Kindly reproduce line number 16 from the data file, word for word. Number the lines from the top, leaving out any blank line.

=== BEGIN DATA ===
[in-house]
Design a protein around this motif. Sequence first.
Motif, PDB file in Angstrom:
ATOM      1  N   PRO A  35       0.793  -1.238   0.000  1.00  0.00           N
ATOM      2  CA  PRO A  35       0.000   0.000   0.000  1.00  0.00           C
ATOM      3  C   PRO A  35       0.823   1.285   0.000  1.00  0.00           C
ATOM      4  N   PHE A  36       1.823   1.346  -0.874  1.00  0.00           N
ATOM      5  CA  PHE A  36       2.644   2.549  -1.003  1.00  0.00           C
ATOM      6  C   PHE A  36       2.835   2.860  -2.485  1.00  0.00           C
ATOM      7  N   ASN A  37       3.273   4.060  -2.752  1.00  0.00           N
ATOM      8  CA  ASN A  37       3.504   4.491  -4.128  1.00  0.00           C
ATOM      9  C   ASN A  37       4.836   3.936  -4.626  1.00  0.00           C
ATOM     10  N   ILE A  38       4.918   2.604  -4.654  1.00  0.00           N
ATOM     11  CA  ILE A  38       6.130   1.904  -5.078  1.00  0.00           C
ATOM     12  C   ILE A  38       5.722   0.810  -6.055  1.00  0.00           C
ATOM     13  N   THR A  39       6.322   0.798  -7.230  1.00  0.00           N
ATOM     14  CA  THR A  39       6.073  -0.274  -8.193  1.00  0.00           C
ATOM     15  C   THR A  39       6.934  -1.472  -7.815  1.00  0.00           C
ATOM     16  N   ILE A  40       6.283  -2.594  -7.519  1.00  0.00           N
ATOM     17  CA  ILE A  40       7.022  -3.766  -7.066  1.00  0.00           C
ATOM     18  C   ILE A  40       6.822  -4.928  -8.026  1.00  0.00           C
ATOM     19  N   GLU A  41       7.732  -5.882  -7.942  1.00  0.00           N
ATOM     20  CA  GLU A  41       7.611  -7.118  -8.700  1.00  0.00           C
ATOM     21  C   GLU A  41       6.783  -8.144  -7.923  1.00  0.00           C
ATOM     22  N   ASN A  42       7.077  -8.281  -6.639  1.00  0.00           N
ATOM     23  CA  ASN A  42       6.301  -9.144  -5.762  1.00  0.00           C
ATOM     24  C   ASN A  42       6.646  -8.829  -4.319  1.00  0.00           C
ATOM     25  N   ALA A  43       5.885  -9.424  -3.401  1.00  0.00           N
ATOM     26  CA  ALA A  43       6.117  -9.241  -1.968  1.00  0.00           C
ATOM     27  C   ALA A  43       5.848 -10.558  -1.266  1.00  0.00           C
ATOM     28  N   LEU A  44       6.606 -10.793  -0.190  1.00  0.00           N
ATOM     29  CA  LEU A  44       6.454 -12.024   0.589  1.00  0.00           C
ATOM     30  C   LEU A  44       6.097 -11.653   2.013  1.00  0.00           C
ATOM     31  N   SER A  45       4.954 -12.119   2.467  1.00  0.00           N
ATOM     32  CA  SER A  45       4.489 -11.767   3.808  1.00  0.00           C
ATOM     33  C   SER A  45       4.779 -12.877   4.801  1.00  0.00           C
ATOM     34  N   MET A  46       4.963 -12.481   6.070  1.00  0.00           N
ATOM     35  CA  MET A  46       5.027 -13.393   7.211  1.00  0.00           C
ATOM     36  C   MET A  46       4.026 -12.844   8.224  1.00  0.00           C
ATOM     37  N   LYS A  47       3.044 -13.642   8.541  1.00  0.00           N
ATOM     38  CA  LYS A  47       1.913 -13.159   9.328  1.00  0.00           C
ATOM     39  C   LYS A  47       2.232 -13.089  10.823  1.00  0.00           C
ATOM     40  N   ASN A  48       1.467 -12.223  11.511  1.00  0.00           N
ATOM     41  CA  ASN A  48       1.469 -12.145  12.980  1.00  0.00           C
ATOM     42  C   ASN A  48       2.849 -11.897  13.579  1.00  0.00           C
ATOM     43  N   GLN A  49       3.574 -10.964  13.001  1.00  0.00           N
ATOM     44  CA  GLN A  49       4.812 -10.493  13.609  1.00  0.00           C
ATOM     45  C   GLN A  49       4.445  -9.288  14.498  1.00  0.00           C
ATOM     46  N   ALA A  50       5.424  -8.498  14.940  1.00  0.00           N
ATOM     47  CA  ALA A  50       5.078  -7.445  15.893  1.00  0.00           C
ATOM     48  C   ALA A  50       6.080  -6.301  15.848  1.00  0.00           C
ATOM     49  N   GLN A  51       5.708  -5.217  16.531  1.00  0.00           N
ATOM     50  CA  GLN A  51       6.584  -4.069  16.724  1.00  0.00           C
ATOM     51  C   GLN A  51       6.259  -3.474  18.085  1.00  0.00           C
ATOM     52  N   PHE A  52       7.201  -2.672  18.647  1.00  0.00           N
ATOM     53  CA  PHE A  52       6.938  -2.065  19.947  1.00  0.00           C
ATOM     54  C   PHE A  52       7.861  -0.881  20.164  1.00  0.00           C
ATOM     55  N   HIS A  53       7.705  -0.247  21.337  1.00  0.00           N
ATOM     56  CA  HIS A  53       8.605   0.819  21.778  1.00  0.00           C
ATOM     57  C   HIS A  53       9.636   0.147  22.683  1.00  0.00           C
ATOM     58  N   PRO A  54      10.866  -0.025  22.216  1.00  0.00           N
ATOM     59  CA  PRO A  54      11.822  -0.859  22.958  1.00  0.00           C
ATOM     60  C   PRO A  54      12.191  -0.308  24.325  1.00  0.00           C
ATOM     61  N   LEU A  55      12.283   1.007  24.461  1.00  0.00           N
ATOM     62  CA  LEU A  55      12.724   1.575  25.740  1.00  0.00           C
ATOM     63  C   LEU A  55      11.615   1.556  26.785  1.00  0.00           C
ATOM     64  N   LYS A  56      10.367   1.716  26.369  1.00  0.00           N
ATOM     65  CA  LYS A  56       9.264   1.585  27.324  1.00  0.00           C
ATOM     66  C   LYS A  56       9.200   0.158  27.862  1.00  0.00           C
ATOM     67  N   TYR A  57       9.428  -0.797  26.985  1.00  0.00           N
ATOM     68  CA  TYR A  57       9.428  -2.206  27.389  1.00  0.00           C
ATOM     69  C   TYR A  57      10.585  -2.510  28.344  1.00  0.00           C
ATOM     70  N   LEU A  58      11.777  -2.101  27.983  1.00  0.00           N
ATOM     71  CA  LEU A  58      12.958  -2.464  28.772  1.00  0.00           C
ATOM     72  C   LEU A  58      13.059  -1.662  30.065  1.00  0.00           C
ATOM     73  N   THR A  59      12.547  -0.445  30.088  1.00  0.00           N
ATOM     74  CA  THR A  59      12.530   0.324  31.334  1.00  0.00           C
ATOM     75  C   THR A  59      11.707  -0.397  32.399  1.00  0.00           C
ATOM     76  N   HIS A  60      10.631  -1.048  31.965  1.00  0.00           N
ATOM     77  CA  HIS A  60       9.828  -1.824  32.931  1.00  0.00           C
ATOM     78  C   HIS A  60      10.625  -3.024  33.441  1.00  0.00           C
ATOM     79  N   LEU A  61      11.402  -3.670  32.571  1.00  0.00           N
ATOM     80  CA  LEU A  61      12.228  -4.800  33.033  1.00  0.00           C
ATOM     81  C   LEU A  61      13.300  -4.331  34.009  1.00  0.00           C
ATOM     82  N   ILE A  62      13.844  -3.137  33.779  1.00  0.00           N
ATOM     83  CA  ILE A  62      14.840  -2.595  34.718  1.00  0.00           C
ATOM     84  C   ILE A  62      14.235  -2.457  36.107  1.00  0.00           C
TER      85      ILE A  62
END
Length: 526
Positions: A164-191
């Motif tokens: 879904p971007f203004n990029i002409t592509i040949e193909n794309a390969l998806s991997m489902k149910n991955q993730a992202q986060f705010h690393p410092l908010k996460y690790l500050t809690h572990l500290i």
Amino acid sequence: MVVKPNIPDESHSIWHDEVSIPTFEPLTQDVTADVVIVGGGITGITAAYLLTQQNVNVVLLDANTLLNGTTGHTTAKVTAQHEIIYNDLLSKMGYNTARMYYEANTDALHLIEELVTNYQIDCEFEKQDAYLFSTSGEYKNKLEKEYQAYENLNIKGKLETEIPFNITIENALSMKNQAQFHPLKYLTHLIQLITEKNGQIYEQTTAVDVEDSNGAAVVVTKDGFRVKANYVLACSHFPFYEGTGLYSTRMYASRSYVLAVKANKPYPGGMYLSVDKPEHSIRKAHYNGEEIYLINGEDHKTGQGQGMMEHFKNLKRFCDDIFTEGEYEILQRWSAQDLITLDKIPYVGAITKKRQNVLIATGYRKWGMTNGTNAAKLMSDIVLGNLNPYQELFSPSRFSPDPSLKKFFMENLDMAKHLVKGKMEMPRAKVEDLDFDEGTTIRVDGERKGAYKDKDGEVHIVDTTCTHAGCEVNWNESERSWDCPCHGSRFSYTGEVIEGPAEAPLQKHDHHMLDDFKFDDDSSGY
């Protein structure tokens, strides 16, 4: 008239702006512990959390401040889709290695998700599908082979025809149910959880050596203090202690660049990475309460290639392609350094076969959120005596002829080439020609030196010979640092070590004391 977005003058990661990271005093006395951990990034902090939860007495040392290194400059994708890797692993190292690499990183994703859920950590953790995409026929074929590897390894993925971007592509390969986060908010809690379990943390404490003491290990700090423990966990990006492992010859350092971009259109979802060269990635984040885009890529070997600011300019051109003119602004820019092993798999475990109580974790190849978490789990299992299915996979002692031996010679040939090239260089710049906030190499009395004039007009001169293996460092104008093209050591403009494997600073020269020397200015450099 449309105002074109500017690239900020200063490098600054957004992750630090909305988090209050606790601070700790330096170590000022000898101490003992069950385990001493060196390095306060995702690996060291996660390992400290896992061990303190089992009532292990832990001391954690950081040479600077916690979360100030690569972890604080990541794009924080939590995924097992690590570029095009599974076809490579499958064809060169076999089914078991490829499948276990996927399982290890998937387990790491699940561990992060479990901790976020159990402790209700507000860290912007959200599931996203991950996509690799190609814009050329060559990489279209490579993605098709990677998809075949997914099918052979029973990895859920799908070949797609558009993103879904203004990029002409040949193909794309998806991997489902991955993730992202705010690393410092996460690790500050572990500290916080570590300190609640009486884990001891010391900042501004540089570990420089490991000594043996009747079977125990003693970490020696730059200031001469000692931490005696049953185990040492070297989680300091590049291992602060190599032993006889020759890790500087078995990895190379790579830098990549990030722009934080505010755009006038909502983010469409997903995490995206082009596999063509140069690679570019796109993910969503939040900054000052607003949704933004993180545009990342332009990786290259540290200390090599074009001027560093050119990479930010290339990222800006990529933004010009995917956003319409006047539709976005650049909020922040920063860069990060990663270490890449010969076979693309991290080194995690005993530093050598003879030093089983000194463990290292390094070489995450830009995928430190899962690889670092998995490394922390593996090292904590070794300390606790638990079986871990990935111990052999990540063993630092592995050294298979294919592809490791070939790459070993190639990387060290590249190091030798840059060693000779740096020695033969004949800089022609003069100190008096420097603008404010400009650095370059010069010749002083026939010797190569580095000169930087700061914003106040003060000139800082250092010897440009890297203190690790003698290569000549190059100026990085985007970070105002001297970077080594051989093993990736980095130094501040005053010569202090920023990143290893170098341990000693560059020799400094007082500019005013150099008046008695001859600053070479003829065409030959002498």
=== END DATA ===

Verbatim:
ATOM     13  N   THR A  39       6.322   0.798  -7.230  1.00  0.00           N